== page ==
Government/Health

Trump administration talks progress, solutions to lowering prescription drug prices

Last year, President Donald Trump noted that he wanted to find a way to lower prescription drug prices for Americans, and reports Thursday noted that his administration has made progress on that front.

Health and Human Services (HHS) Secretary Alex Azar told the president Oct. 21 that the federal government’s efforts have led to “the largest decrease” in prescription drug prices “in 51 years,” The Epoch Times reported.

“We’ve had the third year in a row under President Trump’s leadership of historic levels of approving generic drugs. Those are the affordable alternatives to brand drugs,” Azar said.



“We’re approaching 3,000 generic drugs approved under your tenure,” he added during a Cabinet meeting.

“That led to—just in the first 18 months of your term—$26 billion of savings for people from those more affordable alternatives,” he said, adding that the prices of prescription drugs have seen the “largest decrease in 51 years … under the Labor Department’s inflation index,” said Azar.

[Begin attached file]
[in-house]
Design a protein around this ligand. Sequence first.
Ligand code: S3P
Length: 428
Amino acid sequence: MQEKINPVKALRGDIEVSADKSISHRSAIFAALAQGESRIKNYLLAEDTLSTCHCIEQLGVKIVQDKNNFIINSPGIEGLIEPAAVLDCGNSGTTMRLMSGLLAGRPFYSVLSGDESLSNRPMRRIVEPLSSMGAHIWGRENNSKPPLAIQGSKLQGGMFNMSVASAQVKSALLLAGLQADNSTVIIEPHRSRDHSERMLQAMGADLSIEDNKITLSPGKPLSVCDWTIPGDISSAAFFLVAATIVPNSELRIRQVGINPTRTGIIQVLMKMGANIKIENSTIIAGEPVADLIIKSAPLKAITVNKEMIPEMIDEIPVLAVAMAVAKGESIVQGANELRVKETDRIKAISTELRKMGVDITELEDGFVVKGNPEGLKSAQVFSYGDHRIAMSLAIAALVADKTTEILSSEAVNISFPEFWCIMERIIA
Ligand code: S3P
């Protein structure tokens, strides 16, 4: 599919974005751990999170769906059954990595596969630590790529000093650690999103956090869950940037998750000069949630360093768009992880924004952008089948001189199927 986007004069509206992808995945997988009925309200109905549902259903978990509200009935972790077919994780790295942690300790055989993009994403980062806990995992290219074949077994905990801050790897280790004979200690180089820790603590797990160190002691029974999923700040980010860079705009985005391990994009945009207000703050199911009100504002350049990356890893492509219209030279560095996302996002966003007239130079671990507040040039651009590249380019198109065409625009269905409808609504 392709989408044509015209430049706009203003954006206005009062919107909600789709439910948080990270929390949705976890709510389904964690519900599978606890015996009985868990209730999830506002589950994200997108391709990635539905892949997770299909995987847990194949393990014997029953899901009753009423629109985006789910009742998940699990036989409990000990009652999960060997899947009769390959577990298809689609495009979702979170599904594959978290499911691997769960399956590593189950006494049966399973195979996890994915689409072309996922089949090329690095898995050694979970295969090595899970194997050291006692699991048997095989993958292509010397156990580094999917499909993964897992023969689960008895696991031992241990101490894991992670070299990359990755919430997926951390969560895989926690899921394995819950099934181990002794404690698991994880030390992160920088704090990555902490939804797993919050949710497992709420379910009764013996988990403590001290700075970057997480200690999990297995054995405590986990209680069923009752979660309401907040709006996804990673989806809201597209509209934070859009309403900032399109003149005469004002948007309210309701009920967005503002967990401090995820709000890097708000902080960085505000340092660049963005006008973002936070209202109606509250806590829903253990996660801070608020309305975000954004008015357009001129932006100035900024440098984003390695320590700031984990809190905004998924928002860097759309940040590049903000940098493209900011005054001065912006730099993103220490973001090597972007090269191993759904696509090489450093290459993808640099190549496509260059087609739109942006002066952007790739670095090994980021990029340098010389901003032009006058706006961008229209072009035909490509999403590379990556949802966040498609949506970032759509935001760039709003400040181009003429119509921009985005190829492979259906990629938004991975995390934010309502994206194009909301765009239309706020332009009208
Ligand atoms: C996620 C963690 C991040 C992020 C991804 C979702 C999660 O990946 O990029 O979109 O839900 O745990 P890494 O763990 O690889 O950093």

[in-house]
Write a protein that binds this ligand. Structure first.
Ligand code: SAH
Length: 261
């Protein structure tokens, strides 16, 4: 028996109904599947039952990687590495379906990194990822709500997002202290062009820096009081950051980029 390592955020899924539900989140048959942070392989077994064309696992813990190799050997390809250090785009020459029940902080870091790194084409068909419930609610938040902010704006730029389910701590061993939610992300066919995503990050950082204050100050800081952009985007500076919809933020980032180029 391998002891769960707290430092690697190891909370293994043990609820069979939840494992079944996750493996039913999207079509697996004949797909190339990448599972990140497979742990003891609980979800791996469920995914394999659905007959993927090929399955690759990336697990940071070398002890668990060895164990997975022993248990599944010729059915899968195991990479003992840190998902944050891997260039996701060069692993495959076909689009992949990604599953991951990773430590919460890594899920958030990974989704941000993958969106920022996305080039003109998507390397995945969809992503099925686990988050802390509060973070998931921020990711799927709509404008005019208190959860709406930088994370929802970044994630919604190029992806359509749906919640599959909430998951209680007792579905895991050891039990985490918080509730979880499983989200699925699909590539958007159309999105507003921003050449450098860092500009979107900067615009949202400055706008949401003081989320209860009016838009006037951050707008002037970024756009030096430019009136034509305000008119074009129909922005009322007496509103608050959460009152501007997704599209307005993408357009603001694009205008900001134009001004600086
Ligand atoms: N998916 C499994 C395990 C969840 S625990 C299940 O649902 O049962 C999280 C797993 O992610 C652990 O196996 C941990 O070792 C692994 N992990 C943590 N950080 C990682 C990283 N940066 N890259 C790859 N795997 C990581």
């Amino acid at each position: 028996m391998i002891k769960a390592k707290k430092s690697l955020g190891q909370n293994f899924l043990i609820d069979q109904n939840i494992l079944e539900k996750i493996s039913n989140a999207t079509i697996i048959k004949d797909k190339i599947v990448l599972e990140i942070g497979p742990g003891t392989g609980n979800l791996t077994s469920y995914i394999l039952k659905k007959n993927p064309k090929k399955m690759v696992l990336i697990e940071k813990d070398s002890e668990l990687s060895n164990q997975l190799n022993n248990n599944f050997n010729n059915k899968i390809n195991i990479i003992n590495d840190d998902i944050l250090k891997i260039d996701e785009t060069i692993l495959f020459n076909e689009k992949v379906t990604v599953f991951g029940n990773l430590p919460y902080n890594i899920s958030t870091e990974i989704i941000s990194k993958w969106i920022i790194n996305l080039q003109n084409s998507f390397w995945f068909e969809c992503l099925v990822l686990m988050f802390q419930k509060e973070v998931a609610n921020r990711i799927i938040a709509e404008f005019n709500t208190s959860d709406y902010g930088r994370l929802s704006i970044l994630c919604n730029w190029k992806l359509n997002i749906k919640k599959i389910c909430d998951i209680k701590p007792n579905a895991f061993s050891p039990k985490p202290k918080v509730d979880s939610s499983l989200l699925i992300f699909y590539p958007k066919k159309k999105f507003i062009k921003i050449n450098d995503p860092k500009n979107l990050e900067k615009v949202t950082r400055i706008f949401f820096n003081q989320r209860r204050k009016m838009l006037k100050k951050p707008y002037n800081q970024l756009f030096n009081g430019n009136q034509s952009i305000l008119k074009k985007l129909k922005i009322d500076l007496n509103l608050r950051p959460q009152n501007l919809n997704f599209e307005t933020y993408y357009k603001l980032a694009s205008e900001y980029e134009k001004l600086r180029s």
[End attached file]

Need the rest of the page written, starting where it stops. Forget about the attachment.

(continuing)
In March, a  tracking poll published on March 1 by the Kaiser Family Foundation (KFF), a non-profit focusing on national health issues, found that a majority of Americans want the government to do something to help lower prescription drug prices.

To that end, the Trump administration is offering new proposals.

On Nov. 22, Trump said he and Azar would soon release a plan that will enable Florida and other states to import affordable drugs, the Epoch Times noted.



“SecAzar and I will soon release a plan to let Florida and other States import prescription drugs that are MUCH CHEAPER than what we have now! Hard-working Americans don’t deserve to pay such high prices for the drugs they need,” the president wrote in a Twitter post.

“We are fighting DAILY to make sure this HAPPENS.”

In an email to the news outlet, a spokesperson from HHS said, “The president and secretary are very much committed to implementing the Safe Importation Action Plan that was announced on July 31.”

The Safe Importation Plan (pdf), jointly published by HHS and the FDA would create two pathways to import drugs from abroad.




One way would allow importation from Canada, while the second pathway would authorize drug makers to import their own drugs using “a new National Drug Code (NDC) for those products, potentially allowing them to offer a lower price than what their current distribution contracts require.”

During the October Cabinet meeting, Azar said his department was working to import drugs from Canada so he could get the “same kind of deals for the American senior that other developed countries are getting.”

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